IN the autumn of the year 1786 Johann Wolfgang von Goethe made his first trip to Italy. He drove over the Brenner Pass, bound for Verona, but instead of continuing all the way down the valley of the Adige, he branched off at Rovereto and drove over to Lake Garda by way of the Loppio Pass. Thus he set the fashion for subsequent tourists, who nowadays make this crossing by thousands every season, generally using the convenient narrow-gauge railroad from Mori to Arco and Riva for this purpose.
Goethe apparently did not visit Riva, but lodged at the inn in Torbole. In 1899 a delegate from the Goethe Society of Vienna, accompanied by an official of the district of Riva, visited Torbole for the purpose of determining the house in which the great poet must actually have lodged. Following the indications furnished by a pencil sketch made by Goethe himself, the investigators decided that the house in question could have been none other than that of the brothers Alberti, standing on the small harbour-square of Tor-bole, for in Goethe’s day this house was the only inn of the place and was called the ” Inn to the Rose.” The Goethe Society has since affixed a tablet to the house in commemoration of the one hundred and fiftieth anniversary of the poet’s birth. It bears the following inscription: “In questa casa dimoro Goethe il 12 Settembre, 1786. H’eute hab ich an der Iphigenie gearbeitet, es ist im Angesichte des Sees gut von statten gegangen.” (” In this house lodged Goethe on the 12th of September, 1786. To-day I have worked on the Iphigenie, it has progressed finely in sight of the lake.”) The latter sentence is taken from Goethe’s diary (Tagebücher). In a letter from Rome dated the 6th of January, 1787, he likewise states : ” I drew the first lines of the new work on Lake Garda, as the powerful midday wind was driving the waves to the shore, where I was at least as solitary as my heroine on the coast of Tauris.” In his ” Italian Journey ” there are some interesting letters descriptive of his impressions and experiences on Lake Garda. It must be remembered in this connection that on this trip he was making his first personal acquaintance with Italian life and scenery.
In a letter, dated “Torbole, the 12th of September, after dinner,” we read :
” How much I wished to have my friends for a moment near me in order that they might rejoice over the view which lies before me.
” Tonight I might have been in Verona, but there was still a glorious work of nature at my side, a precious spectacle, the Lake of Garda; I did not wish to miss it, and am gloriously rewarded for my détour. It was after five when I drove away from Roveredo [Rovereto], up a side valley which sends its waters into the Etsch [Adige]. When one reaches the top an enormous rock formation lies in front, over which it is necessary to go down to the lake. Here the most beautiful of limestone rocks exhibited them-selves for artistic studies. When one reaches the bottom, there lies a little place at the northern end of the lake, with a small harbour, or, rather, a landing-place; it is called Torbole. Fig-trees had already frequently’ accompanied me on the way up, and as I descended into the amphitheatre of rock, I found the first olive-trees full of olives. Here also for the first time I found the small pale figs as a common fruit which the Countess Lanthieri had promised.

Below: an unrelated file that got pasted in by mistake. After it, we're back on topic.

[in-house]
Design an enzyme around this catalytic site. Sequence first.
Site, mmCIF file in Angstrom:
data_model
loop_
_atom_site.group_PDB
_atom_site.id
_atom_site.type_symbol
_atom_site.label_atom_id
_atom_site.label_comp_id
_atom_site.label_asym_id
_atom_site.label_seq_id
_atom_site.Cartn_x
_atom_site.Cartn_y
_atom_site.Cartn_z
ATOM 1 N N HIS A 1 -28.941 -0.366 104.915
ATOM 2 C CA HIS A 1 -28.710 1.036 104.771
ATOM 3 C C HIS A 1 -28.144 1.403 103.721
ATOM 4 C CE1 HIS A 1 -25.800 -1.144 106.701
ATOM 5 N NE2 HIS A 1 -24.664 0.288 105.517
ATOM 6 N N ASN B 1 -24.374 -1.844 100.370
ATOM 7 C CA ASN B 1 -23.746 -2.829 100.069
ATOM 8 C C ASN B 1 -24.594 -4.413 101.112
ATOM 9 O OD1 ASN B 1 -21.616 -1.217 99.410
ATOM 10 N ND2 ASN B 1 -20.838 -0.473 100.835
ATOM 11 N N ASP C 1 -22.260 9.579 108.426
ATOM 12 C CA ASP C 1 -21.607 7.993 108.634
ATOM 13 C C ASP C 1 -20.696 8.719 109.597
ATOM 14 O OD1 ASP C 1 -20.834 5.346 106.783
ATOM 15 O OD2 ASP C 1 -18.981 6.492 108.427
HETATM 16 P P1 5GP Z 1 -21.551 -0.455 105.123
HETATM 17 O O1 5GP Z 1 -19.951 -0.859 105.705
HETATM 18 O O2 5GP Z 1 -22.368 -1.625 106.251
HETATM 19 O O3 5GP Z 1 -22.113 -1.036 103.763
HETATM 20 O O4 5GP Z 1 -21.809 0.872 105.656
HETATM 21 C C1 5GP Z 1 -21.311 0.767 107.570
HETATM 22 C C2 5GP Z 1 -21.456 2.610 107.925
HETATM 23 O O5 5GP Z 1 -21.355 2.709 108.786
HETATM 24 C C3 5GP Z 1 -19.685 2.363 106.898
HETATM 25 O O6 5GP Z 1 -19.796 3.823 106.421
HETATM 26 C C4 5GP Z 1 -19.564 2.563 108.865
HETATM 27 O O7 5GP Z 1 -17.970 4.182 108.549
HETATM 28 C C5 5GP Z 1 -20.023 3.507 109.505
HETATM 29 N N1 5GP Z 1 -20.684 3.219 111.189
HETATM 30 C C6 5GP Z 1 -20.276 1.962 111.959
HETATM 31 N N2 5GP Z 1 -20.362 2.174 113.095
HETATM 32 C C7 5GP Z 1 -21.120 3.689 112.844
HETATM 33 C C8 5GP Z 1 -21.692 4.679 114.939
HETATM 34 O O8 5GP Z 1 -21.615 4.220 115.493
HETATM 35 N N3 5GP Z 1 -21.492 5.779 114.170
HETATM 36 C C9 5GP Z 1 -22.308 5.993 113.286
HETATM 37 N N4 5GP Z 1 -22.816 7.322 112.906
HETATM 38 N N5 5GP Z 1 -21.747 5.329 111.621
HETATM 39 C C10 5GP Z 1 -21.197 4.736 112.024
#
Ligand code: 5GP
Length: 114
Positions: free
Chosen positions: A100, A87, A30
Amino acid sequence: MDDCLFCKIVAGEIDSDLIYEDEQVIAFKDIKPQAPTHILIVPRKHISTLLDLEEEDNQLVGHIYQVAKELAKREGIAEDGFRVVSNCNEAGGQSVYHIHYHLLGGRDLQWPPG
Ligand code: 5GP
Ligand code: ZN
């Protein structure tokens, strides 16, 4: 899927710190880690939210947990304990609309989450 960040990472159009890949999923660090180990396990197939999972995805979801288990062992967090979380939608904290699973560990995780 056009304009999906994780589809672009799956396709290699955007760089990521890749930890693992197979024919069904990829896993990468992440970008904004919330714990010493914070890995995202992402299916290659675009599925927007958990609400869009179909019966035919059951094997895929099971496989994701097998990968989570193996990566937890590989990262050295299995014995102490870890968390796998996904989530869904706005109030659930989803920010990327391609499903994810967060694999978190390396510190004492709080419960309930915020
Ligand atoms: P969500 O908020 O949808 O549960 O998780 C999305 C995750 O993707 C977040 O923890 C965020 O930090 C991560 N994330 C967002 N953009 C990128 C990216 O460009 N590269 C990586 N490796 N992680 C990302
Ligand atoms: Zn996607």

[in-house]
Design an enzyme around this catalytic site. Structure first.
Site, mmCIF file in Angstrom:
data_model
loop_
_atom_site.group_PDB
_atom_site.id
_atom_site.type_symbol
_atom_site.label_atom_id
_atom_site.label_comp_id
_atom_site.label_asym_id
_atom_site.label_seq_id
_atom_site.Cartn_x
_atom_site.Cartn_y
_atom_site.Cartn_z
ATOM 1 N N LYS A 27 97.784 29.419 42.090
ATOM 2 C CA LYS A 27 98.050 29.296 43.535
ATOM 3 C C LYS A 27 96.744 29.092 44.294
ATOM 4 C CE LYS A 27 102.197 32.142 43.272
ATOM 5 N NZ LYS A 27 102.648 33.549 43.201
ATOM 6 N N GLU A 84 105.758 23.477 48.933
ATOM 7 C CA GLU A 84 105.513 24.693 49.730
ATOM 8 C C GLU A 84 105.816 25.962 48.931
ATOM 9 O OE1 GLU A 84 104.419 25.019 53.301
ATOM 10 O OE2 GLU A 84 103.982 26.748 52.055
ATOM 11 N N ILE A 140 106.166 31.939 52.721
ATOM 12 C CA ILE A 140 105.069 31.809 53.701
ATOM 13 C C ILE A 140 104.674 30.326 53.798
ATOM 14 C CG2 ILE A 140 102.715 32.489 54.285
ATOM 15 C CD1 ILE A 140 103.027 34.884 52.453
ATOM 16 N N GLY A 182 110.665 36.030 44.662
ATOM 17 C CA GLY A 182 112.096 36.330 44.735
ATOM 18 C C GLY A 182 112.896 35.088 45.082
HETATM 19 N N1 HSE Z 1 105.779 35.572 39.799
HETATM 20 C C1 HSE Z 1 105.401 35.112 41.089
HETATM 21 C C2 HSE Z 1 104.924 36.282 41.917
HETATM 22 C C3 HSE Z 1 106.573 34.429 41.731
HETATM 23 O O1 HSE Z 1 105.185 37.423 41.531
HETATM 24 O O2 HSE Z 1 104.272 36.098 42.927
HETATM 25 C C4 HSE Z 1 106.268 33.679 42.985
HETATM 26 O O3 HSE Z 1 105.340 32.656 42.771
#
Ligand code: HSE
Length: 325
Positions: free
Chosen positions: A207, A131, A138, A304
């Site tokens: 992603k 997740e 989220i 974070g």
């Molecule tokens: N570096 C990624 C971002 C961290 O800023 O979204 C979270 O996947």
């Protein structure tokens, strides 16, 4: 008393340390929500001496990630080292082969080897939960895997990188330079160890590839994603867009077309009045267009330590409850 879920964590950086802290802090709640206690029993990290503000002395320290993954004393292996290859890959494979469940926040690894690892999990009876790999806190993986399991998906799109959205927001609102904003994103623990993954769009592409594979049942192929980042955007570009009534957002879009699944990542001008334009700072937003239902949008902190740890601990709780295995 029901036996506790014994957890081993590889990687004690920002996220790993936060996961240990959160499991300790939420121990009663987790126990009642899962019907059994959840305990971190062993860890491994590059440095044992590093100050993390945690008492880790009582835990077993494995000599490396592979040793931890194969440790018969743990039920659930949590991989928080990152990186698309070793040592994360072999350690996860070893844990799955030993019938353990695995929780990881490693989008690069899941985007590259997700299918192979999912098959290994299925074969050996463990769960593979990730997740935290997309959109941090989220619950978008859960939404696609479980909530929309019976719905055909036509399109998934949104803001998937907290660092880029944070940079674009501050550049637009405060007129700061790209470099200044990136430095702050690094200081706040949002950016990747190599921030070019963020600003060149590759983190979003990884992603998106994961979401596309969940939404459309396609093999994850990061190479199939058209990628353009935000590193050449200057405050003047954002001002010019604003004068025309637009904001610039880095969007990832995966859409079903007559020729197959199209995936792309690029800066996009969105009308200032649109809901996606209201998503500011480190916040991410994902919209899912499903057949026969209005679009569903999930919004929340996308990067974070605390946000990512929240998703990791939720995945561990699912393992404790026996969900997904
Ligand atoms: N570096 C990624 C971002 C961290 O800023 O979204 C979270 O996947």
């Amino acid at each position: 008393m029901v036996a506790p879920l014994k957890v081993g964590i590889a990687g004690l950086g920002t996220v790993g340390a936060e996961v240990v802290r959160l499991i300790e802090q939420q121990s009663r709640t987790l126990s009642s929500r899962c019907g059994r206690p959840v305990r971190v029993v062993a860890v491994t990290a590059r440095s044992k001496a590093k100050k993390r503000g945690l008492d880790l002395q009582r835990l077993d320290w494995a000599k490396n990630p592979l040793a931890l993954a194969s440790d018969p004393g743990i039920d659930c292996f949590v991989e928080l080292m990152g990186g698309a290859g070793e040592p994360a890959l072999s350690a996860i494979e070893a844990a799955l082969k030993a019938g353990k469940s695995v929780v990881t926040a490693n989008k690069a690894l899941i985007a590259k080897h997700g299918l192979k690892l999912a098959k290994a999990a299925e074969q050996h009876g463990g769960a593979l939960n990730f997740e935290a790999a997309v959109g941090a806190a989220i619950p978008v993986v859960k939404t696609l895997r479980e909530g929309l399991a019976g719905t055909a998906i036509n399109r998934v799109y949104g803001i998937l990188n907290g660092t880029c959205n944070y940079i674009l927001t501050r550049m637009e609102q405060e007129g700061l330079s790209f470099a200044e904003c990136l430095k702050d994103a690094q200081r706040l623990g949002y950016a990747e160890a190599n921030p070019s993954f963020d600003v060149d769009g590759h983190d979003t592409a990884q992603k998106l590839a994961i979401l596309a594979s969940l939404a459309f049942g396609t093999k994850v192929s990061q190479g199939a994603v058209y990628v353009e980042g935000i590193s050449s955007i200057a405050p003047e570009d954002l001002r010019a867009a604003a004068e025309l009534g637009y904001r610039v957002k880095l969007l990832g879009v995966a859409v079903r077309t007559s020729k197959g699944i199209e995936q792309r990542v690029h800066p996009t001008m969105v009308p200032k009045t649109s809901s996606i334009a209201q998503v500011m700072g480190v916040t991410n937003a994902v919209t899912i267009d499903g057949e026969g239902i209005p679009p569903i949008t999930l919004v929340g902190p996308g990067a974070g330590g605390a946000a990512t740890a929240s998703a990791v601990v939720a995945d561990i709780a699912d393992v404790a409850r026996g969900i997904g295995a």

” Out of the room in which I am sitting, a door leads into the court below; I have moved my table in front of it and sketched the view in a few lines. One overlooks the lake almost for its entire extent; only at the end on the left does it escape the eye. The shore, enclosed on both sides by hills and mountains, shines with countless villages. After midnight the wind blows from north to south; whoever wishes to go down the lake must start at this time; for already a few hours before sunrise the wind changes and blows toward the north. Now in the afternoon it is blowing strongly against me and cooling the warm sun very pleasantly. At the same time Volkmann teaches me that this lake was formerly called Benacus, and invites attention to a verse of Virgil in which it is mentioned: Fluctibus et fremitu resonans Benace marino. The first Latin verse of which the subject actually stands before me! At this moment, when the wind is constantly growing stronger and the lake is dashing ever higher waves against the landing-place, this verse is to-day still as true as it was many centuries ago. Much has changed, but the wind still storms over the lake, and its sight is still ennobled by a line of Virgil.”